Crisis management has become much more important in recent weeks as the Commander-in-Chief has continued to take to Twitter to express his opinions about various companies. Corporations are now buying insurance policies to protect themselves against potential hostile tweets from Trump. They are attempting to prevent losing billions of dollars in revenue and value.
Per Yahoo, in eight years, Trump has bashed sixty-two companies on Twitter. He currently has 19.2 million followers on his personal account, which gives him a great deal of influence. Several notable events since he assumed the presidency include bashing multiple media outlets (New York Times, CNN) and Nordstrom.
Some companies, like Ford, have gotten creative in how they announce news. To stay on Trump’s good side, Ford allowed him to take credit for a business decision that had already been made; they also made sure to announce several things at once, so the positive would overshadow the negative.
Ford is canceling the construction of a new $1.6 billion factory in Mexico, which would have been its third in the country, and moving production of the Focus to another factory in Mexico where output has fallen recently. “We simply didn’t need the new capacity,” Fields says. “We can use existing capacity.”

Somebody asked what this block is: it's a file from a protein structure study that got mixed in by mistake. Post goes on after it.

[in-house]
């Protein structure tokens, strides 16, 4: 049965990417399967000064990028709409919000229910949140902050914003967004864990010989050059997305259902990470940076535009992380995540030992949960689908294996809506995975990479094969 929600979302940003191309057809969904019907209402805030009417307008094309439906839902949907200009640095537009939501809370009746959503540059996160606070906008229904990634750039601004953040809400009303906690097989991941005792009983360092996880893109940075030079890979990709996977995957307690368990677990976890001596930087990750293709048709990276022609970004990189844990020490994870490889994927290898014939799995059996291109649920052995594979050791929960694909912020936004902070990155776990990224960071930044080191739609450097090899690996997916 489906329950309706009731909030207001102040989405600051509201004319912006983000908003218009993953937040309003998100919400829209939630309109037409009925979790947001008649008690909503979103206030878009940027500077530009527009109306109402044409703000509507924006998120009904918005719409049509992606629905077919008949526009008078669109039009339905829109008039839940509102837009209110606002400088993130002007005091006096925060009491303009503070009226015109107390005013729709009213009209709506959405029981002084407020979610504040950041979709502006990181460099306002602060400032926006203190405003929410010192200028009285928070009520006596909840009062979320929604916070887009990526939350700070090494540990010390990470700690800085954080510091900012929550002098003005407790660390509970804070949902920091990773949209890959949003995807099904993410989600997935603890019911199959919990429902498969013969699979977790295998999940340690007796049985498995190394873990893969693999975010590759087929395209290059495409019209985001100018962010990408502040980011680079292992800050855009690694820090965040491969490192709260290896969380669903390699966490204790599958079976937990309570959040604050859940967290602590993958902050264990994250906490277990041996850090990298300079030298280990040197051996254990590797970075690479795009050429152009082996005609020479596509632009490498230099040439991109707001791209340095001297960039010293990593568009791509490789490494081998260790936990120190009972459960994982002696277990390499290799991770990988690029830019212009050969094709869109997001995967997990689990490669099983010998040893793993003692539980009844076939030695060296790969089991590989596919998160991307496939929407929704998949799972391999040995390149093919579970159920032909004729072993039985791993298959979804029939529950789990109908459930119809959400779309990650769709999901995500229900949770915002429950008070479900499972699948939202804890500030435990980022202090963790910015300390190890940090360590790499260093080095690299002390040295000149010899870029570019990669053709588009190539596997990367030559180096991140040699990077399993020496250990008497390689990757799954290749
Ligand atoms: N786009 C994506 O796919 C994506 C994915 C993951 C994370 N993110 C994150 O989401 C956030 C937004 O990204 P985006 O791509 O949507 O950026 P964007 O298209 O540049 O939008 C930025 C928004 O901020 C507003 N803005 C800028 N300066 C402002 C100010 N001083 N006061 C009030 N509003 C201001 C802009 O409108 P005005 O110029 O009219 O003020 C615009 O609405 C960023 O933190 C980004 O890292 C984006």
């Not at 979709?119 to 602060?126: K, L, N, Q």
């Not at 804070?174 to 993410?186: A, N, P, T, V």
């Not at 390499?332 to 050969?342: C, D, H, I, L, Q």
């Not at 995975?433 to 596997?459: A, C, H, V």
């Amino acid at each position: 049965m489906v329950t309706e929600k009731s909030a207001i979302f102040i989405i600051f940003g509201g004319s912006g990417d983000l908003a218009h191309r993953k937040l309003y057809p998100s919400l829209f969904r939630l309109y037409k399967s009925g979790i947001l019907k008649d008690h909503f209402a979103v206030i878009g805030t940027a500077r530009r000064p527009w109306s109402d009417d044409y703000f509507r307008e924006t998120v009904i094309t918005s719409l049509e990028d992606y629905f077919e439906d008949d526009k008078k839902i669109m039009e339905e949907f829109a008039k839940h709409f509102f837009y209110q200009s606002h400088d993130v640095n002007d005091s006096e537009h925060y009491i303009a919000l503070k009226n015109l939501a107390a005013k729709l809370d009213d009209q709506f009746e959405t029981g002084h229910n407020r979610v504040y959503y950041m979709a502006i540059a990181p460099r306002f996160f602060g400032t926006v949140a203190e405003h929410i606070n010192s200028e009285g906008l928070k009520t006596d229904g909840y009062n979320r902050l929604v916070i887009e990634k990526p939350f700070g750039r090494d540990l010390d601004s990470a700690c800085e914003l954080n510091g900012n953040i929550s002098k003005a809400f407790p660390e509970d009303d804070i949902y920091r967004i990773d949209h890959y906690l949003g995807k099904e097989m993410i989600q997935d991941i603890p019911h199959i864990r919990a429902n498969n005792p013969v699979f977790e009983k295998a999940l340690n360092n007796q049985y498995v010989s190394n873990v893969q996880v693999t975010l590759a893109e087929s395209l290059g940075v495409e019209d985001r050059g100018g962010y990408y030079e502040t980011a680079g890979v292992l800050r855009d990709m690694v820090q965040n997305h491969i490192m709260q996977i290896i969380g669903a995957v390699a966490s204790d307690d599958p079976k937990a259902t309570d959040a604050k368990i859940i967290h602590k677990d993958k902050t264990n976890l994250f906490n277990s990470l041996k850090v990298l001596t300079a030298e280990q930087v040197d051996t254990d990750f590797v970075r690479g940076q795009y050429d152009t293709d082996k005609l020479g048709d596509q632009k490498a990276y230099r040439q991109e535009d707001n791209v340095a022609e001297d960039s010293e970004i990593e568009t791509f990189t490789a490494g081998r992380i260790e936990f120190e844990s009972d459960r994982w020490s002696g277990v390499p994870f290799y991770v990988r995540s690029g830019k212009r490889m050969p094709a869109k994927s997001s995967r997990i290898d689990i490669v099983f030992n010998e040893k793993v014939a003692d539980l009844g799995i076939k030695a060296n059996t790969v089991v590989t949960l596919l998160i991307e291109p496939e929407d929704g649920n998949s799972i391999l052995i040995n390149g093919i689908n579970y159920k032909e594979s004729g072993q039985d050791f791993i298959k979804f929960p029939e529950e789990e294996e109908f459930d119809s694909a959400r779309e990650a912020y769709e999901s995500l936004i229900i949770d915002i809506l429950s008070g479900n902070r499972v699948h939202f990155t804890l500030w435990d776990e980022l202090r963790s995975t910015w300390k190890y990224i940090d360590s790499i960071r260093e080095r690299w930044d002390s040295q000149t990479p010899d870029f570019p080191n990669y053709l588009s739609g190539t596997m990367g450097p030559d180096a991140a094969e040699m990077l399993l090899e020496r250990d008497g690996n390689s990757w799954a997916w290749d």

The new investment in Michigan is essentially unrelated to the Focus or the Mexico news. Ford will spend $700 million in Michigan on new efforts to develop self-driving and electric cars, which, it says, will help create 700 new jobs. In a clever PR move, Ford announced all of this at once, with the the news of 700 additional jobs in Michigan overshadowing the fact that it is still moving the Focus production to Mexico—just to a different location.
Investors may like the fact that Ford is reducing capacity in Mexico, which means lower costs, while possibly getting on the next president’s better side. But Focus production is … still … moving … to … Mexico. (Yahoo)
An entirely new consulting industry is coming about as a result of Trump’s Twitter Tirades. Ontario car insurance companies are placing policies in the natural disaster category, the same as floods and earthquakes. Recent talks on www.thatsinsurance.com are encouraging corporations to assess their risk based on customer base and have a team on stand-by ready to respond in hours. Apps have been developed that allow management to track the company’s stock in the event of a Trump tweet.
Richard Levick, CEO of crisis management firm Levick Communicating Trust, internally is urging his clients to get all hands on deck; this includes, “investor relations professionals, brand and digital professionals, even the legal departments… because one way or another it’s going to have an impact at some point.” (WoodTV)
It is ironic the person who promised to deregulate businesses and make things much easier for them has caused so much chaos instead. If Trump does manage to pass the insane tax breaks he promised corporations, for their sakes hopefully it offsets what they are having to spend on insurance, consultants, and attorneys to protect themselves from his 3am Twitter meltdowns. It is such “presidential” behavior.